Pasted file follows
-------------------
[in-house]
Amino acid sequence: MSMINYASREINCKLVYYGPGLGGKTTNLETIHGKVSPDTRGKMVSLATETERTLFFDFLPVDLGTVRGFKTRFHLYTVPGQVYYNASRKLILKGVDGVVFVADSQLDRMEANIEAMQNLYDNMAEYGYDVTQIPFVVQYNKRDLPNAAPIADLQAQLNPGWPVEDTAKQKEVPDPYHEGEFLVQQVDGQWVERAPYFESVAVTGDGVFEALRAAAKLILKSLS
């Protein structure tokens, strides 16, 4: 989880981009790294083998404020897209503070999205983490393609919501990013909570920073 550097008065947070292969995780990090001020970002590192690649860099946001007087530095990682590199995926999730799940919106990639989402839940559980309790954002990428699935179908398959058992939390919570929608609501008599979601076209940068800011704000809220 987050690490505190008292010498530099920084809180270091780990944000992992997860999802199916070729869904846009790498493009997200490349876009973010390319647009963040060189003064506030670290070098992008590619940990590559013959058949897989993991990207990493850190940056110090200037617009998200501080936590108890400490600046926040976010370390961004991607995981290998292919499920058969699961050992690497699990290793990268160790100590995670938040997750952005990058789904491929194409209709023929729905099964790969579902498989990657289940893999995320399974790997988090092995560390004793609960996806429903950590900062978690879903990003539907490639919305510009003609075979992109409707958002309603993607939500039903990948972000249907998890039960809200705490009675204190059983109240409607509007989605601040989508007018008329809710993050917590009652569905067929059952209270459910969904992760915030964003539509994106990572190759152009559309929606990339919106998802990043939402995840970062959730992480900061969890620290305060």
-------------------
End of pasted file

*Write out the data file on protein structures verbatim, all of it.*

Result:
[in-house]
Amino acid sequence: MSMINYASREINCKLVYYGPGLGGKTTNLETIHGKVSPDTRGKMVSLATETERTLFFDFLPVDLGTVRGFKTRFHLYTVPGQVYYNASRKLILKGVDGVVFVADSQLDRMEANIEAMQNLYDNMAEYGYDVTQIPFVVQYNKRDLPNAAPIADLQAQLNPGWPVEDTAKQKEVPDPYHEGEFLVQQVDGQWVERAPYFESVAVTGDGVFEALRAAAKLILKSLS
């Protein structure tokens, strides 16, 4: 989880981009790294083998404020897209503070999205983490393609919501990013909570920073 550097008065947070292969995780990090001020970002590192690649860099946001007087530095990682590199995926999730799940919106990639989402839940559980309790954002990428699935179908398959058992939390919570929608609501008599979601076209940068800011704000809220 987050690490505190008292010498530099920084809180270091780990944000992992997860999802199916070729869904846009790498493009997200490349876009973010390319647009963040060189003064506030670290070098992008590619940990590559013959058949897989993991990207990493850190940056110090200037617009998200501080936590108890400490600046926040976010370390961004991607995981290998292919499920058969699961050992690497699990290793990268160790100590995670938040997750952005990058789904491929194409209709023929729905099964790969579902498989990657289940893999995320399974790997988090092995560390004793609960996806429903950590900062978690879903990003539907490639919305510009003609075979992109409707958002309603993607939500039903990948972000249907998890039960809200705490009675204190059983109240409607509007989605601040989508007018008329809710993050917590009652569905067929059952209270459910969904992760915030964003539509994106990572190759152009559309929606990339919106998802990043939402995840970062959730992480900061969890620290305060």